- Their importance to the development of soil nutrients holds great significance to the stability of backyard lawns and gardens.
Millipedes play a central role, though a little less dramatic than the centipedes. If you live in an environment without the inhibition of earthworms in the soil, millipedes do fill up this significant role. They are dependable for 10 percent of decomposition of the leaf litter in your yard. Millipedes enhance the creation of microorganisms into nutrients that work in close collaboration to turn debris into rich soil.
Maintaining a dry atmosphere through the year will keep millipedes and other crawling arthropods away from your yard. Millipedes provide an abundance of soil and are crucial soil decomposers.
The cyanide-generating types of millipedes demonstrate their significance to the ecosystem. They form an essential part of humid ecosystems for their role in regurgitating decayed vegetation and cycling soil nutrients back into the ground. Diplopods influence direct decomposition by breaking leaf debris and indirectly moving microbial biomass.
To learn more about difference between centipedes and millipedes, see this page.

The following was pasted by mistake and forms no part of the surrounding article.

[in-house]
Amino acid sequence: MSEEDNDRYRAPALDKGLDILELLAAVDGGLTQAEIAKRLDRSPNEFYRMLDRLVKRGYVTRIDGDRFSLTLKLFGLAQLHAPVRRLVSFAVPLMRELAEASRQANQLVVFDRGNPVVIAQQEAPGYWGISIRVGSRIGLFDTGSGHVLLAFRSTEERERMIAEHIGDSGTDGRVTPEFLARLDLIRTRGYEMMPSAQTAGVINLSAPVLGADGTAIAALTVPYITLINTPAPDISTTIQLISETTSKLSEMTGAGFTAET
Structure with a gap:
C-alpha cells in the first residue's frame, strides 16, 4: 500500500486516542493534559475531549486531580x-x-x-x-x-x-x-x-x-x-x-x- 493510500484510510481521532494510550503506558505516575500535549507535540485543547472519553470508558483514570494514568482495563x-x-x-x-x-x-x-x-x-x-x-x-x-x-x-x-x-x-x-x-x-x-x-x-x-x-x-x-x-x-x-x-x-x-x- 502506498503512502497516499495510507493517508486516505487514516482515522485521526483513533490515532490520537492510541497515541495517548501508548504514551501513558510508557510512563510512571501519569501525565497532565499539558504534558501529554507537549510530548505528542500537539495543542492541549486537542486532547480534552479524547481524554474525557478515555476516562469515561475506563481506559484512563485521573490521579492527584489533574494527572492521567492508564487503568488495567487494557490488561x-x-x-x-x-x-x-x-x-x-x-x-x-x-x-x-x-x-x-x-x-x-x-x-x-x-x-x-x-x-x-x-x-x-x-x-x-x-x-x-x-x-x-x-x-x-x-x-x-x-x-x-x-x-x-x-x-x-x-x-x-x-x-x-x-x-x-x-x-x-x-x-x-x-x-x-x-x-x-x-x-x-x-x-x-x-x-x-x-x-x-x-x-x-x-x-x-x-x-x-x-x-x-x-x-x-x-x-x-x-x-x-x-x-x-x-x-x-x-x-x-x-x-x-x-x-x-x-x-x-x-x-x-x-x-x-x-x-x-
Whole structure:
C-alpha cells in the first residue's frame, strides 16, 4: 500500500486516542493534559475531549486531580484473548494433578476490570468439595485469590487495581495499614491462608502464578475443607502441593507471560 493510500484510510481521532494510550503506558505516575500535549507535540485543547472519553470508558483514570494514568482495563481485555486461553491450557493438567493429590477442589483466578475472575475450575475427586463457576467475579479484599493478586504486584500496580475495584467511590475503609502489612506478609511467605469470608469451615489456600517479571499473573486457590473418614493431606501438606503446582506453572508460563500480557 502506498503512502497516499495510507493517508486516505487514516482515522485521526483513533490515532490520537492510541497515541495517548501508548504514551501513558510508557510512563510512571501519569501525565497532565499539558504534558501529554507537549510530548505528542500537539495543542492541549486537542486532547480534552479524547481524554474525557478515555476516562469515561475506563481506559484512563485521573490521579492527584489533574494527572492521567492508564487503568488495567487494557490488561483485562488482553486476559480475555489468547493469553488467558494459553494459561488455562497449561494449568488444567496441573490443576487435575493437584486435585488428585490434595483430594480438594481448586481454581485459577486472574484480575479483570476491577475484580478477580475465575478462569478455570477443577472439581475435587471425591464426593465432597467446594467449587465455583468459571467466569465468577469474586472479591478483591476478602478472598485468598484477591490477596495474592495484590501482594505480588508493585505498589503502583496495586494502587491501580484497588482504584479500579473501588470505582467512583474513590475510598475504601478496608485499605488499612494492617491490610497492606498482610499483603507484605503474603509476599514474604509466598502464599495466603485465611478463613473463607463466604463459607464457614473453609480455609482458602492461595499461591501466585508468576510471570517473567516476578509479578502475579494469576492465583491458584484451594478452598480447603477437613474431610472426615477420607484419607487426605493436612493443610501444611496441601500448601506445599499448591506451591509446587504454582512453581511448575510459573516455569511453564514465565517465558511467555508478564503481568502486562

Tropical Ecosystems Management
Soil experts who study the influence of millipedes from across different environments all agree on the importance of millipedes in soil chemistry and the overall ecological cycle. Depending on the arthropods density in a given area and the mass leaf ratio, the process of recycling and decomposing improves the affected regions.
Soil microbial significantly increases with millipede density in any given area. The type of ground foliage and the overall population of millipedes affect the soil pH extensively; because of the direct effect on decaying leaf litter and the overall quality of the foliage.
The exploration of soil value shows that various types of millipedes with the help of soil fungi earthly warms, and insects all contribute to rich soil formation. They help by breaking down foliage and soil debris in tropical areas. However, millipedes have a small or no direct effect on microbial biomass.
Management of millipedes and other insects in your property may prove as the best treatment for crawling millipedes. These arthropods feed on the decayed matter; they may die sooner, or else seek shelter under decaying wood near your foundation, or hide under rotting cabinets in your bathroom or kitchen areas. Reduction of dampness helps reduce millipede numbers exponentially.
You can find further details of Millipedes Control here.